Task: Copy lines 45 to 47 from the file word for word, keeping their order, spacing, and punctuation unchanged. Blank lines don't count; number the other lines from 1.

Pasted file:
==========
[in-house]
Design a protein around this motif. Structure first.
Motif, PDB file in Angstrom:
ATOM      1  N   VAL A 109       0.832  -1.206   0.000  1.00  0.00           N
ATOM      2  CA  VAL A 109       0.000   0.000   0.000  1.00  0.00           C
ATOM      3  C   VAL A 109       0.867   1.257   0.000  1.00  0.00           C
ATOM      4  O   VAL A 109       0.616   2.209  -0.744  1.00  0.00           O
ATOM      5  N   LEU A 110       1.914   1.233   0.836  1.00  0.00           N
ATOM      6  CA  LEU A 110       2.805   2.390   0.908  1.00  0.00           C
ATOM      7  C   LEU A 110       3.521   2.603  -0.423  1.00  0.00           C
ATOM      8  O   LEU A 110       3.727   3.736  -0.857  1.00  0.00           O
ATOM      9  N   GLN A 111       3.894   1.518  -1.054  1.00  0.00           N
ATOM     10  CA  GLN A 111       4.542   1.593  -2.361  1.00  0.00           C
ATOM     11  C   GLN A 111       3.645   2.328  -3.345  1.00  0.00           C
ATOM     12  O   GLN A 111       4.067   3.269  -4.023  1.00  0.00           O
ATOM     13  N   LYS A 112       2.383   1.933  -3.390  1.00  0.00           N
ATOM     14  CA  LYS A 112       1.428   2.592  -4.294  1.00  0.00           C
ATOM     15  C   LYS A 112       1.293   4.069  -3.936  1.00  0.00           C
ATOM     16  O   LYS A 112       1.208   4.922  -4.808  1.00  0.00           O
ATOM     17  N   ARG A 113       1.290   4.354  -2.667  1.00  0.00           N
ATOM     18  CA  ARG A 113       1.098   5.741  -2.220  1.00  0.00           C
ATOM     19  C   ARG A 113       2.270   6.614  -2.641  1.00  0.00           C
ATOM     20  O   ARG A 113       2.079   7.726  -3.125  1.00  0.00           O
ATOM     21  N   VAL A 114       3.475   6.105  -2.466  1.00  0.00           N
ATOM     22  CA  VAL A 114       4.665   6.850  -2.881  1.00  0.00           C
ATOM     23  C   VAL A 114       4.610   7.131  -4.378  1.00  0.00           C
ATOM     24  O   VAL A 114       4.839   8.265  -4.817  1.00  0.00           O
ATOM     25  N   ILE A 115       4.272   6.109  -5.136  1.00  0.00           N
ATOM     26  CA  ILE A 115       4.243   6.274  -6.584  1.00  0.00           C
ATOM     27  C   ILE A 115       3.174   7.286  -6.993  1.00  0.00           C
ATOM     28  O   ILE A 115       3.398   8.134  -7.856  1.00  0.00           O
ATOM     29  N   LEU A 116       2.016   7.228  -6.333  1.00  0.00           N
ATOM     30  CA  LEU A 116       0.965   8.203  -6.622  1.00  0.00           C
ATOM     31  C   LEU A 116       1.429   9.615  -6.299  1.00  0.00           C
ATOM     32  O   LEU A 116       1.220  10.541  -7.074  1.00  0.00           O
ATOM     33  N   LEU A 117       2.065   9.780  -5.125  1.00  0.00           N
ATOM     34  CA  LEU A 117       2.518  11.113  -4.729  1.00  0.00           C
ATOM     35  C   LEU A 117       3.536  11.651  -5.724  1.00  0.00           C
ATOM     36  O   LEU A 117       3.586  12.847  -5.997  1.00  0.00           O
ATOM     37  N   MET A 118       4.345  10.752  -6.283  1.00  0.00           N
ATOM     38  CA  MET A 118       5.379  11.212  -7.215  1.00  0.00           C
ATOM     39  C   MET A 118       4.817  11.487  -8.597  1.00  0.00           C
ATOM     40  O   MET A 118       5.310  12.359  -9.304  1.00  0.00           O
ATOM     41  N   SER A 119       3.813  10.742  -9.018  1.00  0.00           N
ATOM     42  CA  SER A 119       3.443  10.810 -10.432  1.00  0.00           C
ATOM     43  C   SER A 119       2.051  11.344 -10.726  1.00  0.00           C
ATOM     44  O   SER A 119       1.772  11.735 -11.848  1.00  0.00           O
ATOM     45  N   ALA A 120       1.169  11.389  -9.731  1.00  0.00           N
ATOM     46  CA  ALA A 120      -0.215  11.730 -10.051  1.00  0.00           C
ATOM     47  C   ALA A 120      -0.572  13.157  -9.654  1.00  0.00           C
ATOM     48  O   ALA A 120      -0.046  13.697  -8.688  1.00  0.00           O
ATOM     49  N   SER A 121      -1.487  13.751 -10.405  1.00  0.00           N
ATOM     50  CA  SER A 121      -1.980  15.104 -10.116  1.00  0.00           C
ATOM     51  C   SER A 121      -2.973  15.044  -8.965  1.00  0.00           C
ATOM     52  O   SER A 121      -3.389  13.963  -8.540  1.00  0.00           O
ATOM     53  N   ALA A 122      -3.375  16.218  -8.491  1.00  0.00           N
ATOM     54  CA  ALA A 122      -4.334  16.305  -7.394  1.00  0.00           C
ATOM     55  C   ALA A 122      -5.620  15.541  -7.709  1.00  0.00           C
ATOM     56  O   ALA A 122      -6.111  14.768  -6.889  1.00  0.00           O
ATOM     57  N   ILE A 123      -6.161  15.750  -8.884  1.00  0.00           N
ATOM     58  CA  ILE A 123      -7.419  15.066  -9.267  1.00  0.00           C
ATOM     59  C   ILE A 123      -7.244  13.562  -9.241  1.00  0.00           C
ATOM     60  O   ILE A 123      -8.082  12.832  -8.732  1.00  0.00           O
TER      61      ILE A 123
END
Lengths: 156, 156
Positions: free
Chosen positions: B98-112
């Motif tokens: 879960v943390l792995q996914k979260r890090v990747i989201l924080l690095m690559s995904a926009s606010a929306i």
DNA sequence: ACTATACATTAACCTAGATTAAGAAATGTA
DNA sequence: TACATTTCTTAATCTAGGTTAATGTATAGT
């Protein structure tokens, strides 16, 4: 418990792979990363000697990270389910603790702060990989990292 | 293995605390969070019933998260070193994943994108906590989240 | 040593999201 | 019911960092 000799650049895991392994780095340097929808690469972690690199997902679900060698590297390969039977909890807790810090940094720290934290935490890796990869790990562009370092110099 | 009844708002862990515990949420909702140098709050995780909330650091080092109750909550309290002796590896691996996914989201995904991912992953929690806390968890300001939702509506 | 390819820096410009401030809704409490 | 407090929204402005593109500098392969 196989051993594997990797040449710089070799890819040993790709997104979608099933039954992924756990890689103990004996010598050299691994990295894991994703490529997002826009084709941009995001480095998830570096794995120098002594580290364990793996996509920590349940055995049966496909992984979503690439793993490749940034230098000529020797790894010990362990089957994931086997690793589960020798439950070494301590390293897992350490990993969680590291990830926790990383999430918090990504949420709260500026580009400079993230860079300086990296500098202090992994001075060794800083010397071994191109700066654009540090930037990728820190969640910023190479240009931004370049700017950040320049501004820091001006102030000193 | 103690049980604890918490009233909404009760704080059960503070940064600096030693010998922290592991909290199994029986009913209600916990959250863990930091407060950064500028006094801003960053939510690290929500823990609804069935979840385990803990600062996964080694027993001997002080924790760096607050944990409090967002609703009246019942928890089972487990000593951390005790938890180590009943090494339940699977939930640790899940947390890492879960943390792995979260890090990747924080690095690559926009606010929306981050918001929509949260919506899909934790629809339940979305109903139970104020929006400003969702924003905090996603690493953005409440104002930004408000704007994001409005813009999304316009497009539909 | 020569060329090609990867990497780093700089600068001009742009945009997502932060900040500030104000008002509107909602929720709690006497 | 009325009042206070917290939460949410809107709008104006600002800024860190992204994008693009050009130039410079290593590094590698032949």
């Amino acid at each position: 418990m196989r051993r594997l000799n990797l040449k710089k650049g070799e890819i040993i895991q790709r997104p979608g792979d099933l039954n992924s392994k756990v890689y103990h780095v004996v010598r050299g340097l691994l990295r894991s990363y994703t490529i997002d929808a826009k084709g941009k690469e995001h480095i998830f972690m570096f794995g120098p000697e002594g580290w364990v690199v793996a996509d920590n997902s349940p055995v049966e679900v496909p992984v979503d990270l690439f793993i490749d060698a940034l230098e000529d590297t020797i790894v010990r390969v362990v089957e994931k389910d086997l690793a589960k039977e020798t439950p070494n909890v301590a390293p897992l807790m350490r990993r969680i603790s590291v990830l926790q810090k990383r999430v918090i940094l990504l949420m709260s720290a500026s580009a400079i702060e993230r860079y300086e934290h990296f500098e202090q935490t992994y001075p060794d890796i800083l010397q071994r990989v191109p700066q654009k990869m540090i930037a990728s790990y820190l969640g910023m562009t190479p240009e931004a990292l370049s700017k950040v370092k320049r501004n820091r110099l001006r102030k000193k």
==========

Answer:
ATOM     42  CA  SER A 119       3.443  10.810 -10.432  1.00  0.00           C
ATOM     43  C   SER A 119       2.051  11.344 -10.726  1.00  0.00           C
ATOM     44  O   SER A 119       1.772  11.735 -11.848  1.00  0.00           O